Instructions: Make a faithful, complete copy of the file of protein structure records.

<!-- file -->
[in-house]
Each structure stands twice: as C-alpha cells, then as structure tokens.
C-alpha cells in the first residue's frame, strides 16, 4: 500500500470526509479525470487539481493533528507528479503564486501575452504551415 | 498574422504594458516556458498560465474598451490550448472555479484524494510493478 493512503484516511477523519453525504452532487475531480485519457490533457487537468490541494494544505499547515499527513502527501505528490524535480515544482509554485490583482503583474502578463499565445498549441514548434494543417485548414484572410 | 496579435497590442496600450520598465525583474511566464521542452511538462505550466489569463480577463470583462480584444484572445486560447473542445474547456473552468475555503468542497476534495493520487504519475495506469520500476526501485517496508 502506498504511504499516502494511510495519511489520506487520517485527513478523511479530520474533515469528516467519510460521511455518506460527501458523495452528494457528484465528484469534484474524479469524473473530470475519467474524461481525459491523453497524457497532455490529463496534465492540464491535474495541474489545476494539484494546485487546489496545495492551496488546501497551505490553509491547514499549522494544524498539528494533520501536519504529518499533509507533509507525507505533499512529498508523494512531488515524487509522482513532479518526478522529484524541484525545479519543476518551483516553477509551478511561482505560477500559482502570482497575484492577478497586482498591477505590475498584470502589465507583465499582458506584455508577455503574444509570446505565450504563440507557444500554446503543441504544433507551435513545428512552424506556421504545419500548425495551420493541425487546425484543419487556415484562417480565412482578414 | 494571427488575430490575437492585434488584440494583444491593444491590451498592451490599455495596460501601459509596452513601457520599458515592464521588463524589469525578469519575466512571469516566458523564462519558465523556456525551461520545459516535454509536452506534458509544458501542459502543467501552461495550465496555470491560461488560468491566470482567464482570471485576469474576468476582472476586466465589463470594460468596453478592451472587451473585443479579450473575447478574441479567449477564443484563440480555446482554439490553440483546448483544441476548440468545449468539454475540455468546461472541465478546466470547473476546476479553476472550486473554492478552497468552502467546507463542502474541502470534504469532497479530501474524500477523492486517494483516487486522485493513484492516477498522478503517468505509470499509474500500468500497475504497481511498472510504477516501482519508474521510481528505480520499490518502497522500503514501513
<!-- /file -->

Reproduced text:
[in-house]
Each structure stands twice: as C-alpha cells, then as structure tokens.
C-alpha cells in the first residue's frame, strides 16, 4: 500500500470526509479525470487539481493533528507528479503564486501575452504551415 | 498574422504594458516556458498560465474598451490550448472555479484524494510493478 493512503484516511477523519453525504452532487475531480485519457490533457487537468490541494494544505499547515499527513502527501505528490524535480515544482509554485490583482503583474502578463499565445498549441514548434494543417485548414484572410 | 496579435497590442496600450520598465525583474511566464521542452511538462505550466489569463480577463470583462480584444484572445486560447473542445474547456473552468475555503468542497476534495493520487504519475495506469520500476526501485517496508 502506498504511504499516502494511510495519511489520506487520517485527513478523511479530520474533515469528516467519510460521511455518506460527501458523495452528494457528484465528484469534484474524479469524473473530470475519467474524461481525459491523453497524457497532455490529463496534465492540464491535474495541474489545476494539484494546485487546489496545495492551496488546501497551505490553509491547514499549522494544524498539528494533520501536519504529518499533509507533509507525507505533499512529498508523494512531488515524487509522482513532479518526478522529484524541484525545479519543476518551483516553477509551478511561482505560477500559482502570482497575484492577478497586482498591477505590475498584470502589465507583465499582458506584455508577455503574444509570446505565450504563440507557444500554446503543441504544433507551435513545428512552424506556421504545419500548425495551420493541425487546425484543419487556415484562417480565412482578414 | 494571427488575430490575437492585434488584440494583444491593444491590451498592451490599455495596460501601459509596452513601457520599458515592464521588463524589469525578469519575466512571469516566458523564462519558465523556456525551461520545459516535454509536452506534458509544458501542459502543467501552461495550465496555470491560461488560468491566470482567464482570471485576469474576468476582472476586466465589463470594460468596453478592451472587451473585443479579450473575447478574441479567449477564443484563440480555446482554439490553440483546448483544441476548440468545449468539454475540455468546461472541465478546466470547473476546476479553476472550486473554492478552497468552502467546507463542502474541502470534504469532497479530501474524500477523492486517494483516487486522485493513484492516477498522478503517468505509470499509474500500468500497475504497481511498472510504477516501482519508474521510481528505480520499490518502497522500503514501513